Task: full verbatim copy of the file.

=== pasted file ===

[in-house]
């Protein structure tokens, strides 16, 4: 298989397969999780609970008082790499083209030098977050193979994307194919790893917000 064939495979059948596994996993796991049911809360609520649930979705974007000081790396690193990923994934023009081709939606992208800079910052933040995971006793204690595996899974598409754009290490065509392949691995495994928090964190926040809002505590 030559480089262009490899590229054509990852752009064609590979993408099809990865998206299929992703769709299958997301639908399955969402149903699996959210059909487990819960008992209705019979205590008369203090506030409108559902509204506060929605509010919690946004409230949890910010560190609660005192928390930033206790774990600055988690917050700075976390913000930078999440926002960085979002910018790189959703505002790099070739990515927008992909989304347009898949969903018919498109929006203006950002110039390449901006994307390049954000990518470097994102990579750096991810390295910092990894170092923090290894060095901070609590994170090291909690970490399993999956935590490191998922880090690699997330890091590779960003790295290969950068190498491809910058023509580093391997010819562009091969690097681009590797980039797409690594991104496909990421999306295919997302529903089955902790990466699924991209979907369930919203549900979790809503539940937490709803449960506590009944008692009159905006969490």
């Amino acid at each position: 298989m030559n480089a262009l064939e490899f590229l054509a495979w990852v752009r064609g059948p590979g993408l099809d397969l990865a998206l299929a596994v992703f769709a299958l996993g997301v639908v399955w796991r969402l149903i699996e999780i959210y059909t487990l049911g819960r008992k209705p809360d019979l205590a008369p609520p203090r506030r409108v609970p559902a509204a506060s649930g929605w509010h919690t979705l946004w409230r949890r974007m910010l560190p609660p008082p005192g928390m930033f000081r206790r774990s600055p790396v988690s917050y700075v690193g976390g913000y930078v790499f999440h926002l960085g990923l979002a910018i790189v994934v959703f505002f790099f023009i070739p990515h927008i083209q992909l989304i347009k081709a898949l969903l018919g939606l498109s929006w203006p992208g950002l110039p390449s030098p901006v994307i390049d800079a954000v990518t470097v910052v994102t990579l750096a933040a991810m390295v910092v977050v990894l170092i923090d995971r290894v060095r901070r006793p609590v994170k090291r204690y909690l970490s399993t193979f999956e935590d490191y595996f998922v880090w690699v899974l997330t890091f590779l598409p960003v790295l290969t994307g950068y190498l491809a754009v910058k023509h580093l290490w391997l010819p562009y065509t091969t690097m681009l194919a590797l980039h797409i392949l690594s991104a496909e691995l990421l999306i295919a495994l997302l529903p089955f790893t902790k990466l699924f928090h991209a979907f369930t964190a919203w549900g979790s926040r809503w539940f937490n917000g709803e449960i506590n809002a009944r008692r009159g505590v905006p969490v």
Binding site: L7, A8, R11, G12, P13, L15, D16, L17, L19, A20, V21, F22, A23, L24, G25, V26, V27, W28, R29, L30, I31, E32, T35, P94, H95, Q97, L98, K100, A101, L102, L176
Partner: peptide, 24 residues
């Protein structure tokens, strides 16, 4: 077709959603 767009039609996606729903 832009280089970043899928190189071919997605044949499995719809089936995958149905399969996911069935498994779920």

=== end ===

[in-house]
């Protein structure tokens, strides 16, 4: 298989397969999780609970008082790499083209030098977050193979994307194919790893917000 064939495979059948596994996993796991049911809360609520649930979705974007000081790396690193990923994934023009081709939606992208800079910052933040995971006793204690595996899974598409754009290490065509392949691995495994928090964190926040809002505590 030559480089262009490899590229054509990852752009064609590979993408099809990865998206299929992703769709299958997301639908399955969402149903699996959210059909487990819960008992209705019979205590008369203090506030409108559902509204506060929605509010919690946004409230949890910010560190609660005192928390930033206790774990600055988690917050700075976390913000930078999440926002960085979002910018790189959703505002790099070739990515927008992909989304347009898949969903018919498109929006203006950002110039390449901006994307390049954000990518470097994102990579750096991810390295910092990894170092923090290894060095901070609590994170090291909690970490399993999956935590490191998922880090690699997330890091590779960003790295290969950068190498491809910058023509580093391997010819562009091969690097681009590797980039797409690594991104496909990421999306295919997302529903089955902790990466699924991209979907369930919203549900979790809503539940937490709803449960506590009944008692009159905006969490």
């Amino acid at each position: 298989m030559n480089a262009l064939e490899f590229l054509a495979w990852v752009r064609g059948p590979g993408l099809d397969l990865a998206l299929a596994v992703f769709a299958l996993g997301v639908v399955w796991r969402l149903i699996e999780i959210y059909t487990l049911g819960r008992k209705p809360d019979l205590a008369p609520p203090r506030r409108v609970p559902a509204a506060s649930g929605w509010h919690t979705l946004w409230r949890r974007m910010l560190p609660p008082p005192g928390m930033f000081r206790r774990s600055p790396v988690s917050y700075v690193g976390g913000y930078v790499f999440h926002l960085g990923l979002a910018i790189v994934v959703f505002f790099f023009i070739p990515h927008i083209q992909l989304i347009k081709a898949l969903l018919g939606l498109s929006w203006p992208g950002l110039p390449s030098p901006v994307i390049d800079a954000v990518t470097v910052v994102t990579l750096a933040a991810m390295v910092v977050v990894l170092i923090d995971r290894v060095r901070r006793p609590v994170k090291r204690y909690l970490s399993t193979f999956e935590d490191y595996f998922v880090w690699v899974l997330t890091f590779l598409p960003v790295l290969t994307g950068y190498l491809a754009v910058k023509h580093l290490w391997l010819p562009y065509t091969t690097m681009l194919a590797l980039h797409i392949l690594s991104a496909e691995l990421l999306i295919a495994l997302l529903p089955f790893t902790k990466l699924f928090h991209a979907f369930t964190a919203w549900g979790s926040r809503w539940f937490n917000g709803e449960i506590n809002a009944r008692r009159g505590v905006p969490v």
Binding site: L7, A8, R11, G12, P13, L15, D16, L17, L19, A20, V21, F22, A23, L24, G25, V26, V27, W28, R29, L30, I31, E32, T35, P94, H95, Q97, L98, K100, A101, L102, L176
Partner: peptide, 24 residues
């Protein structure tokens, strides 16, 4: 077709959603 767009039609996606729903 832009280089970043899928190189071919997605044949499995719809089936995958149905399969996911069935498994779920």